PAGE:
We’re adding even more newspapers in the next few days…
GenealogyBank is 3 years old today!
Wow – and has it grown. GenealogyBank has gone from 1,300 newspapers to over 3,800 newspapers – that’s the equivalent of going from 160 million articles to 346 million articles, documents and reports – GenealogyBank now has more than 130 million obituaries and death records. If you haven’t checked GenealogyBank in awhile – you should celebrate its birthday and try it today.
In October we added:
41 newspapers from 22 states
21 new titles
8,052 issues added from 1800-Today
Added nearly 14 million records, articles, documents
In the past 3 years GenealogyBank has ….
= More than doubled in size since it launched
= Added 186 million more articles, records and reports
= Jumped from 1,300 newspapers to over 3,800 newspapers
= Added 92,000 reports & books in just the past 12 months
= 130 million obituaries & death records
= Best source of old newspapers on the planet
= Largest collection of US newspapers published in German, French, & Spanish languages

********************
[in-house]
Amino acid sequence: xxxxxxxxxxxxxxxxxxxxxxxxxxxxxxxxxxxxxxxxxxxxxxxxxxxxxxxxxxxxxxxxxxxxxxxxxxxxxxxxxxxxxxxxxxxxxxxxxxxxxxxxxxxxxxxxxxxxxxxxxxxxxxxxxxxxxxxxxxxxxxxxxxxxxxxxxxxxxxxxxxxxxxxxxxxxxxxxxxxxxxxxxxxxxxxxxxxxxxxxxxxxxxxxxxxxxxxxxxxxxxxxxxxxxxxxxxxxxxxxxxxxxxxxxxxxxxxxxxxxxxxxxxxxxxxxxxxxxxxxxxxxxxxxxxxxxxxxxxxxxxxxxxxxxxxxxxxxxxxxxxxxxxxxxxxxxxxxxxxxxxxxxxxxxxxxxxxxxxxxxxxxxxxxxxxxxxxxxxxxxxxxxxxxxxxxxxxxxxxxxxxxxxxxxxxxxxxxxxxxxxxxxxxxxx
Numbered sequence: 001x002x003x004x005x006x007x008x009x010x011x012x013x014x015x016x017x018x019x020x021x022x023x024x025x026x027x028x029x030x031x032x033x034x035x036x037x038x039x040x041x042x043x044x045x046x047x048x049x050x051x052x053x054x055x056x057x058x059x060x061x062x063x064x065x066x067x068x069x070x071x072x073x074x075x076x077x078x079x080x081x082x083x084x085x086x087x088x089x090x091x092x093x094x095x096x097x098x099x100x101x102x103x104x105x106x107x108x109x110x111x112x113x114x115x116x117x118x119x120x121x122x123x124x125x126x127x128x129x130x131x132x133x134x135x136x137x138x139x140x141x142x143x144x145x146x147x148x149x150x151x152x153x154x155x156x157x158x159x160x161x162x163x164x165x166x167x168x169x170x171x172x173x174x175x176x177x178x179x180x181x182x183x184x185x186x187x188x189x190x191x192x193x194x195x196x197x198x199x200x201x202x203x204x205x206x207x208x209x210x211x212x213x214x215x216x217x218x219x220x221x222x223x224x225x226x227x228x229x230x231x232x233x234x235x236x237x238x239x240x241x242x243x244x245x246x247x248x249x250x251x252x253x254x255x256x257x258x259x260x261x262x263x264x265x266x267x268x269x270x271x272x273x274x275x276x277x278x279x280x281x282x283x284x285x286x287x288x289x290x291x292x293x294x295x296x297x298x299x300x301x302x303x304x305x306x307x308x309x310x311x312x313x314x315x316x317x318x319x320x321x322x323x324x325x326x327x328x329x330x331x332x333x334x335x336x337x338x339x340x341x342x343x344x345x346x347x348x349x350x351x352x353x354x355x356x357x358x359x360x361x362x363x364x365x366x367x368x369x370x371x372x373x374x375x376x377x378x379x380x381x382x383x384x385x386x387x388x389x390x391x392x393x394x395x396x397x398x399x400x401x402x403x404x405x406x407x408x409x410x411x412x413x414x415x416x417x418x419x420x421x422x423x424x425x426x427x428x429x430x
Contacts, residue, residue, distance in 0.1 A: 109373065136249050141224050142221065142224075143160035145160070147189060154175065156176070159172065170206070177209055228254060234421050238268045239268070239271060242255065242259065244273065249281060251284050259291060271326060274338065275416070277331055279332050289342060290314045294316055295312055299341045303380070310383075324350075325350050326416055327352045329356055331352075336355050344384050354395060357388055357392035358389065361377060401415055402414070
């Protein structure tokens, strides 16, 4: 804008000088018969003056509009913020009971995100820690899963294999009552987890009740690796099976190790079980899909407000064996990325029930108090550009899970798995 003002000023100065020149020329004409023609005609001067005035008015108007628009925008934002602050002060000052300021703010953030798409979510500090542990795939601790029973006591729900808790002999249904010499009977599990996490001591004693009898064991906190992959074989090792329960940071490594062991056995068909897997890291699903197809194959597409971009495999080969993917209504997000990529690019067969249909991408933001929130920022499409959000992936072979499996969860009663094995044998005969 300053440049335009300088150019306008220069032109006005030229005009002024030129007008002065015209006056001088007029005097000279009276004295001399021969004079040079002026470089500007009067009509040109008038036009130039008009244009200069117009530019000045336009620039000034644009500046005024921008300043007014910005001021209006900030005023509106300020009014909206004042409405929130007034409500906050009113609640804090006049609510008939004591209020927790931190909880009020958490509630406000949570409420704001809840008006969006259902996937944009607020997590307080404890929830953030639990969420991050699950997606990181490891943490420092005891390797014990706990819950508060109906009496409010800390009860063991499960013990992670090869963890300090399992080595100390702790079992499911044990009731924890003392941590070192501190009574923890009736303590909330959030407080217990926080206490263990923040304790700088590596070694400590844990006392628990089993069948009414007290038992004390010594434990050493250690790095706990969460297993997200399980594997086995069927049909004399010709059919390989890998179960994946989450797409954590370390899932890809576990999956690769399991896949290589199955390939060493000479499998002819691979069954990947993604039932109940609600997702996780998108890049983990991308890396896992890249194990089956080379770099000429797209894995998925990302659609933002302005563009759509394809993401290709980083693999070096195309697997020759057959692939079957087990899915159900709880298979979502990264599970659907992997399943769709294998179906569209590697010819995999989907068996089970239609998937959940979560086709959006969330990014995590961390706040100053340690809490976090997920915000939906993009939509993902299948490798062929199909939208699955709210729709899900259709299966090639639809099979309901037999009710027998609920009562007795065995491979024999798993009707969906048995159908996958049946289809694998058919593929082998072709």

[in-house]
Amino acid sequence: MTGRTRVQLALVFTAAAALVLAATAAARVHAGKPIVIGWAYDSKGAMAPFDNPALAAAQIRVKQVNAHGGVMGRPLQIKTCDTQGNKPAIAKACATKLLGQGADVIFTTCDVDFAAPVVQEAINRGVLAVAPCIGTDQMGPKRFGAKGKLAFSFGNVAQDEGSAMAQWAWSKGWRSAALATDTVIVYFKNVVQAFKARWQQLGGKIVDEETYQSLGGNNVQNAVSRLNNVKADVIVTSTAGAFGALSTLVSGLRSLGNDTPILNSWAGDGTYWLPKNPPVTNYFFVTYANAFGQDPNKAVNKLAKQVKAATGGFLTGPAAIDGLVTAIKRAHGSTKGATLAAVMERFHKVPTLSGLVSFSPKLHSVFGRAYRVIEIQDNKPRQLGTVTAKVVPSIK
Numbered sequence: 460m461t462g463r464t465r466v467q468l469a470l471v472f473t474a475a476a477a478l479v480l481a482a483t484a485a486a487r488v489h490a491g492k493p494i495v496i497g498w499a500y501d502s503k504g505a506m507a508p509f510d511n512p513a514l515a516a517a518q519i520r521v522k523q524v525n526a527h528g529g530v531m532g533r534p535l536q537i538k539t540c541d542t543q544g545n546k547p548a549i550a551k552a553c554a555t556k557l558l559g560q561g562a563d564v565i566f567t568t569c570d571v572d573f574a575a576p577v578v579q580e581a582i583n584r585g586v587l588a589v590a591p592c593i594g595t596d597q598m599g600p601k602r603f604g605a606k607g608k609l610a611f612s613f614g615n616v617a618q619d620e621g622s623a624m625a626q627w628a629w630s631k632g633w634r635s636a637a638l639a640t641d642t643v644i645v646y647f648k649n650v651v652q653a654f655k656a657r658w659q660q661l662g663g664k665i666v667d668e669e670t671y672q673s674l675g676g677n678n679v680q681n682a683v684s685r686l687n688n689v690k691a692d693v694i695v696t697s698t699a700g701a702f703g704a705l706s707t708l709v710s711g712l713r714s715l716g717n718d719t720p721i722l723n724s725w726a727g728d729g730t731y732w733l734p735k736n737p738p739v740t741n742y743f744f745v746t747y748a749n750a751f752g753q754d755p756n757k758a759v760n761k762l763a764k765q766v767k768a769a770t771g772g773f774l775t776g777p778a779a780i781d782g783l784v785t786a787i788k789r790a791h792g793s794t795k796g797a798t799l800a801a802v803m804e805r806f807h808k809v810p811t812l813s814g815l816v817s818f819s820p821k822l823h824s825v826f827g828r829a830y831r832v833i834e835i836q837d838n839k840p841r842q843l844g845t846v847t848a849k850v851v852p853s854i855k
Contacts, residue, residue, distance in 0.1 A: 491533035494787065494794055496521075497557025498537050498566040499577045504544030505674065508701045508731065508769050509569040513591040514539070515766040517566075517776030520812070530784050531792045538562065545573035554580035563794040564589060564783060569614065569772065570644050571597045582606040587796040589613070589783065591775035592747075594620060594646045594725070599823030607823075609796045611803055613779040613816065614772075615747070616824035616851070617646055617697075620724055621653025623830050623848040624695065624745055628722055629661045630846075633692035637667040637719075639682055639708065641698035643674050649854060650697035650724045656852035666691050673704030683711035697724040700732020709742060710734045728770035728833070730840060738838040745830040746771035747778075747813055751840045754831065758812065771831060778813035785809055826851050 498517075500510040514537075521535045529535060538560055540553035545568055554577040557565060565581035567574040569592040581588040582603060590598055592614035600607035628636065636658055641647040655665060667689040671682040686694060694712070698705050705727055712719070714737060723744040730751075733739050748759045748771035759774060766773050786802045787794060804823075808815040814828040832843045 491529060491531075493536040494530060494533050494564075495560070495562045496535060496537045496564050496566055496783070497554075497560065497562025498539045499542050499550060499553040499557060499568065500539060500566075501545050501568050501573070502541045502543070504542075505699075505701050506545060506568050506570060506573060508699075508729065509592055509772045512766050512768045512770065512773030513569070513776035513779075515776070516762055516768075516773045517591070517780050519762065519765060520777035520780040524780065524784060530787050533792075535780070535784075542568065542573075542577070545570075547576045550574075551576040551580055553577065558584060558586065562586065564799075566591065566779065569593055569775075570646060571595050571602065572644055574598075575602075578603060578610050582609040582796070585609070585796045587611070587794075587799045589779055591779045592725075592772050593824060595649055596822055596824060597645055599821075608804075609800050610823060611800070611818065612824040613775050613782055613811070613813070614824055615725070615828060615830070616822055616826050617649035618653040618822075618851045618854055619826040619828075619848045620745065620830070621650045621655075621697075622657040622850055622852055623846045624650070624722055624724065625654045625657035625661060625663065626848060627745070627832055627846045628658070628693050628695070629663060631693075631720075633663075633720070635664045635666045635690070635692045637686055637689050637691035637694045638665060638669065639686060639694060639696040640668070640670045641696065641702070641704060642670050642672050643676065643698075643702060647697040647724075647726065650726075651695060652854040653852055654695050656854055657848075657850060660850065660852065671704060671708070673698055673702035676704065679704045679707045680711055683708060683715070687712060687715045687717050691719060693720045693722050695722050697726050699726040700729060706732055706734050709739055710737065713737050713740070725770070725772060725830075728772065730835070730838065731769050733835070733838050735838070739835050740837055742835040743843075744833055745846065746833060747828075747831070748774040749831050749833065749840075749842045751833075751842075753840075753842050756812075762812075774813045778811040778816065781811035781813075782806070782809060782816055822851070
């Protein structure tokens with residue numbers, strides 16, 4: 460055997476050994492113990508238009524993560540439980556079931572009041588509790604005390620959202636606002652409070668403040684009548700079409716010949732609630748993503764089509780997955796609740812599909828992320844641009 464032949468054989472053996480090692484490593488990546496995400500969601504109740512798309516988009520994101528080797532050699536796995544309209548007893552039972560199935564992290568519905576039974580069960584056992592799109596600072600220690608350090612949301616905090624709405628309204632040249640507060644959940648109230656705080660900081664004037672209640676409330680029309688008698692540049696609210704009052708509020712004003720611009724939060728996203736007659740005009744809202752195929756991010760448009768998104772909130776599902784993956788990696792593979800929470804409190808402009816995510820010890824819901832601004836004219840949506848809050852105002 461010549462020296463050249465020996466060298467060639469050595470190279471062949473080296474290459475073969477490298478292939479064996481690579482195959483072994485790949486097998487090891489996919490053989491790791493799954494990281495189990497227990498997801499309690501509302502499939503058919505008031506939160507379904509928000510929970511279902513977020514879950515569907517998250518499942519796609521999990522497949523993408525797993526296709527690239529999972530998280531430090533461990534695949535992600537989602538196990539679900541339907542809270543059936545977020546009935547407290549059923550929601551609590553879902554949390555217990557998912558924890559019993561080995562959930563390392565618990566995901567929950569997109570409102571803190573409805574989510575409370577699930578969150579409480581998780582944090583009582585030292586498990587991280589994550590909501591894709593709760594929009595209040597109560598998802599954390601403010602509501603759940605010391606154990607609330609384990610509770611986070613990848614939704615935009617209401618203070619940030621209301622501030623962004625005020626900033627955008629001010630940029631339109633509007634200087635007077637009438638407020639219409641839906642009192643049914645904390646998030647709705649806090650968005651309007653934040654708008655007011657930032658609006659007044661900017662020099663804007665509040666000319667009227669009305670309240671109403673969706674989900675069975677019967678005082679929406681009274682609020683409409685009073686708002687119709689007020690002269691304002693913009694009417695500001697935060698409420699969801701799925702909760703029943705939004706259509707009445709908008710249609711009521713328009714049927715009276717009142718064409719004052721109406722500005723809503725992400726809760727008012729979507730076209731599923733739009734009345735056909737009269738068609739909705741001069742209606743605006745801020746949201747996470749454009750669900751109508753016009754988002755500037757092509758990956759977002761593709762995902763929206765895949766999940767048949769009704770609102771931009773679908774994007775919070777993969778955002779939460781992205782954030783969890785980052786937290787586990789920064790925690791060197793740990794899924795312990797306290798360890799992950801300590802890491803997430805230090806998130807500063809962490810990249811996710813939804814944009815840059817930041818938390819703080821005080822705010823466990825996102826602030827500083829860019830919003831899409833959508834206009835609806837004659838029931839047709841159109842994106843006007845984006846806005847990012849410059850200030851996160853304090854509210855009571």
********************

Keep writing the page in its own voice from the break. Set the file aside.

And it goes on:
It’s a great day for Genealogy!
19 October 1864 the residents of St. Albans, Vermont were surprised when a band of 20 to 30 Confederate irregular troops attacked the village intent on robbing the bank and setting fire to the village.
You can read all about it in the St. Albans Daily Messenger 20 October 1864
“In front and on all sides we observe the attempts of the Rebels to kill and murder.”
The Confederates fled to Canada where they were promptly arrested by the police and the $50,000 they had stolen was recovered.
Read the entire story of the attack, capture and trial as reported in the St. Albans Daily Messenger.
Our thanks to Dick Eastman for alerting us to the story.
Connecticut. Middletown. Constitution. 47 issues. 1854-12-13 to 1855-12-05
Connecticut. New London. New London Gazette. 160 issues. 1838-01-03 to 1843-03-22
Connecticut. Nor wich. True Republican. 49 issues. 1804-06-20 to 1806-10-01
GenealogyBank added and expanded 32 newspapers from 23 states.